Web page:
Hydranencephaly; Or, The Bees
A note: since I changed my blog name and address, I had to create a new Facebook page. Please go like the new page here: http://www.facebook.com/EmilyRachelleWrites
Recently I shared information about a website called Wish Upon a Hero. One of the wishes I discovered there was actually for the wisher's friend, a woman with three kids. Her three-year-old son has hydranencephaly and the wisher wanted to spread awareness about this rare disease.
NINDS, the National Institute of Neurological Disorders and Stroke, has an information sheet on hydranencephaly. Here's their explanation of what hydranencephaly is:
Alicia is the name of this wisher's friend, and she founded the Global Hydranencephaly Foundation. You can visit the website, stop by their Facebook page, and read the Journey of the Bees blog.Hydranencephaly is a rare condition in which the brain's cerebral hemispheres are absent and replaced by sacs filled with cerebrospinal fluid. An infant with hydranencephaly may appear normal at birth. The infant's head size and spontaneous reflexes such as sucking, swallowing, crying, and moving the arms and legs may all seem normal. However, after a few weeks the infant usually becomes irritable and has increased muscle tone. After a few months of life, seizures and hydrocephalus (excessive accumulation of cerebrospinal fluid in the brain) may develop. Other symptoms may include visual impairment, lack of growth, deafness, blindness, spastic quadriparesis (paralysis), and intellectual deficits. Hydranencephaly is considered to be an extreme form of porencephaly (a rare disorder characterized by a cyst or cavity in the cerebral hemispheres) and may be caused by vascular infections or traumatic disorders after the 12th week of pregnancy. Diagnosis may be delayed for several months because early behavior appears to be relatively normal. Some infants may have additional abnormalities at birth including seizures, myoclonus (spasm or twitching of a muscle or group of muscles), and respiratory problems.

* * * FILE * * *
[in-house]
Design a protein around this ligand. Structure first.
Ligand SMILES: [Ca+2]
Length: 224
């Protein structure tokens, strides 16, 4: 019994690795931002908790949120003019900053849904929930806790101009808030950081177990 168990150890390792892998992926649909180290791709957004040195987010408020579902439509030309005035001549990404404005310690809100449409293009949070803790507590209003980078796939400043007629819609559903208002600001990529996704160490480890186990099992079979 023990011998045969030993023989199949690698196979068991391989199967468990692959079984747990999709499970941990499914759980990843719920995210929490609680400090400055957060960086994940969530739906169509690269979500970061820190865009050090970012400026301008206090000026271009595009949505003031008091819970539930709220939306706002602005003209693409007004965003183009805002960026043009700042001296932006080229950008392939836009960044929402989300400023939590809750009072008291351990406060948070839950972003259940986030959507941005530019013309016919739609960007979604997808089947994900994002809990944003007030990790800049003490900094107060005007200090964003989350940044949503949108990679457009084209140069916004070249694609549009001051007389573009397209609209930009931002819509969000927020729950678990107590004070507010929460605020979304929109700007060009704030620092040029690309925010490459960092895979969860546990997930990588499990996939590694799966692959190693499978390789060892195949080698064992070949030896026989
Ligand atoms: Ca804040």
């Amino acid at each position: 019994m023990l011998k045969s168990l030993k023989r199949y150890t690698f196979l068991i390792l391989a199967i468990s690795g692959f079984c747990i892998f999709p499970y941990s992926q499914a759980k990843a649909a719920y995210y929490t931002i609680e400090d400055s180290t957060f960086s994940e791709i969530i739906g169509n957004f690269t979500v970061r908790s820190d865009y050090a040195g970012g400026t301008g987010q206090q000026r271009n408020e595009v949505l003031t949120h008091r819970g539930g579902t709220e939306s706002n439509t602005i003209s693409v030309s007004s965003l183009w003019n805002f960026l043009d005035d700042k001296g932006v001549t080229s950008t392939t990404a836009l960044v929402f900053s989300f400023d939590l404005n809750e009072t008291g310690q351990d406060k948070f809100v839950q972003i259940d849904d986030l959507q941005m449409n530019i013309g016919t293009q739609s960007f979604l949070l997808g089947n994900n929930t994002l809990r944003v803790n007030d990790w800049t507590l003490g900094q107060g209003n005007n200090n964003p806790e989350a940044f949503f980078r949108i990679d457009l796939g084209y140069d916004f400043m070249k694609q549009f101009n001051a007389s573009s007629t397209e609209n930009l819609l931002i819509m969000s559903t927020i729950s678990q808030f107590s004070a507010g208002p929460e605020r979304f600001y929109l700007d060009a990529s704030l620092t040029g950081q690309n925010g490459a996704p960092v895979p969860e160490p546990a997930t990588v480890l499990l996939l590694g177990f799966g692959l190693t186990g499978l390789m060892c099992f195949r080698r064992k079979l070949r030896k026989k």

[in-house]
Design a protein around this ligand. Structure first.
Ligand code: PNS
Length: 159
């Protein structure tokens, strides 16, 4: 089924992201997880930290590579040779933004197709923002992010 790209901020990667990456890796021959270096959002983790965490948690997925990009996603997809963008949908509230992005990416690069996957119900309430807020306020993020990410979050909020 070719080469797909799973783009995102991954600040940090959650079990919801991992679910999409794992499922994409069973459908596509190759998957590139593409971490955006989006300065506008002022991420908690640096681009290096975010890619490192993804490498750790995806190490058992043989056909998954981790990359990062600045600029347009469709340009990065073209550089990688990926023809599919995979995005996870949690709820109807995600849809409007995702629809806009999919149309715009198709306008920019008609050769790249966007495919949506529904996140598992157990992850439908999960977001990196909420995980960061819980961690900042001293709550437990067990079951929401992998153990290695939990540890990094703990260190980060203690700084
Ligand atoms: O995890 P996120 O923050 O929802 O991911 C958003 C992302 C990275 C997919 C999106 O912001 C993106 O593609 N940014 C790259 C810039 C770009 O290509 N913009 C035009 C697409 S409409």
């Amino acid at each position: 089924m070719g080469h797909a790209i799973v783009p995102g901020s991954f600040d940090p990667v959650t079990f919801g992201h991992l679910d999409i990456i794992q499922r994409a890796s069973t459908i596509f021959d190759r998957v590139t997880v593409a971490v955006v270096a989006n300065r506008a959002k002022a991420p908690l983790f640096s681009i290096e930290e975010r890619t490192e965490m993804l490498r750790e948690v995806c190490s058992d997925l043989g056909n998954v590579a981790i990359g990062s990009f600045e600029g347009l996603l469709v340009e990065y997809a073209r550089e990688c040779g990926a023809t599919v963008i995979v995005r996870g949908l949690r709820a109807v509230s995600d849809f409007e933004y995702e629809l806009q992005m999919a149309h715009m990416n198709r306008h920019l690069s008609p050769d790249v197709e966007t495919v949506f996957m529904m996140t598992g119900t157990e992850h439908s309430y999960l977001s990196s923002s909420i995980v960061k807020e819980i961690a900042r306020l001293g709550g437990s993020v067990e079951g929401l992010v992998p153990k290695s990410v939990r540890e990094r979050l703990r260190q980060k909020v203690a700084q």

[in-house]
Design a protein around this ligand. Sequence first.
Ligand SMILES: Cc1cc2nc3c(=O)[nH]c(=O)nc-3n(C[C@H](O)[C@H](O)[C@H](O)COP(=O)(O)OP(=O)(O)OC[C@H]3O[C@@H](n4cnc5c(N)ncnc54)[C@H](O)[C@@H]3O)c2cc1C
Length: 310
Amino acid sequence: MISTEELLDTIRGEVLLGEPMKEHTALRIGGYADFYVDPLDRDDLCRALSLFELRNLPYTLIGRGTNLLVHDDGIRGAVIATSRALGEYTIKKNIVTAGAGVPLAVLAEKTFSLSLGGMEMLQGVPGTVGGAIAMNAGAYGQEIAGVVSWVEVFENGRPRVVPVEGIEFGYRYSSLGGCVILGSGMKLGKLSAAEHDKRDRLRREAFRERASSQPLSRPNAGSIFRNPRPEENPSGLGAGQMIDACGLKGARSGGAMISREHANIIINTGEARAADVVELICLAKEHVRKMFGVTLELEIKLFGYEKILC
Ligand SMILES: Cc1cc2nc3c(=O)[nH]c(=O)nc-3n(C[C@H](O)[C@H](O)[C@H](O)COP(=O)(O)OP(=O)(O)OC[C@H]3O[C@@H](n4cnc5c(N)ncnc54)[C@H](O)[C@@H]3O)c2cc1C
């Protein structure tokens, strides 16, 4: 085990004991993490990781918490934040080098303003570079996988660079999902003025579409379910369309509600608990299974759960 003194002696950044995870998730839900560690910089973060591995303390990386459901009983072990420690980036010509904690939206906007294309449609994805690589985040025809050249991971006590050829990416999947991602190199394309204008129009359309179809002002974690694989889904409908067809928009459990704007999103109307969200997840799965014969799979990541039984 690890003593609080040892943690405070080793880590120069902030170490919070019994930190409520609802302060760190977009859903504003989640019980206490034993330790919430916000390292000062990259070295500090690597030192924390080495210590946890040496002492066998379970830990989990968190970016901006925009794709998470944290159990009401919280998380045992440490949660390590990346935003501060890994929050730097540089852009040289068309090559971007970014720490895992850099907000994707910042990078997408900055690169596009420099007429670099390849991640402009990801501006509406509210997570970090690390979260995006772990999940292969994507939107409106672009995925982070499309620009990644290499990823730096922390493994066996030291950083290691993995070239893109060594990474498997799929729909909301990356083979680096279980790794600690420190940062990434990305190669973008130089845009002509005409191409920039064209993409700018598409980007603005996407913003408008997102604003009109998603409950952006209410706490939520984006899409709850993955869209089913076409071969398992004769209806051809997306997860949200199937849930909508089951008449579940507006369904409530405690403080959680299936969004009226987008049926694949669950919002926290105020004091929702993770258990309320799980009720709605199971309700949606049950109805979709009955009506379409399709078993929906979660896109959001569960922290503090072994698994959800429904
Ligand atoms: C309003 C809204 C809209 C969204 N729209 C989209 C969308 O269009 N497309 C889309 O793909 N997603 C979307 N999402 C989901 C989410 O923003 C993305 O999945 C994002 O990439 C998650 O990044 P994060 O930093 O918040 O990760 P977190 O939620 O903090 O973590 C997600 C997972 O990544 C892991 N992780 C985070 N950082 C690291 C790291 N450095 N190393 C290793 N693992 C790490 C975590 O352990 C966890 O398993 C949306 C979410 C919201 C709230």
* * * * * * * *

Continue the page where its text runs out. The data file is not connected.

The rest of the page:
On the website, you'll also notice the logo of the Global Hydranencephaly Foundation:
Have any of you ever studied flight facts about bees? (Or, perhaps, seen The Bee Movie.) A very interesting fact about bees is that, according to physics and their anatomy and all that scientific stuff, they shouldn't be able to fly. At all. It is literally impossible.
But bees don't know science. They just know that God intended them to fly and pollenate and make honey and keep the world alive. (Also illustrated by The Bee Movie.) The bees don't know they can't fly, so they fly anyway.
Hydranencephaly children don't have many options. They generally don't live beyond their first birthday, if they make it that long. But several hydranencephaly children, including Alicia's son, live to be three or older. So she decided to take the impossibility of bees, and the impossibility of hydranencephaly children's survival, and use that as her inspiration.
Check out the website for tons of information - hydranencephaly facts, other websites for hydranencephaly family assistance, foundation merchandise, blogs by families living with hydranencephaly. You can even print an information packet.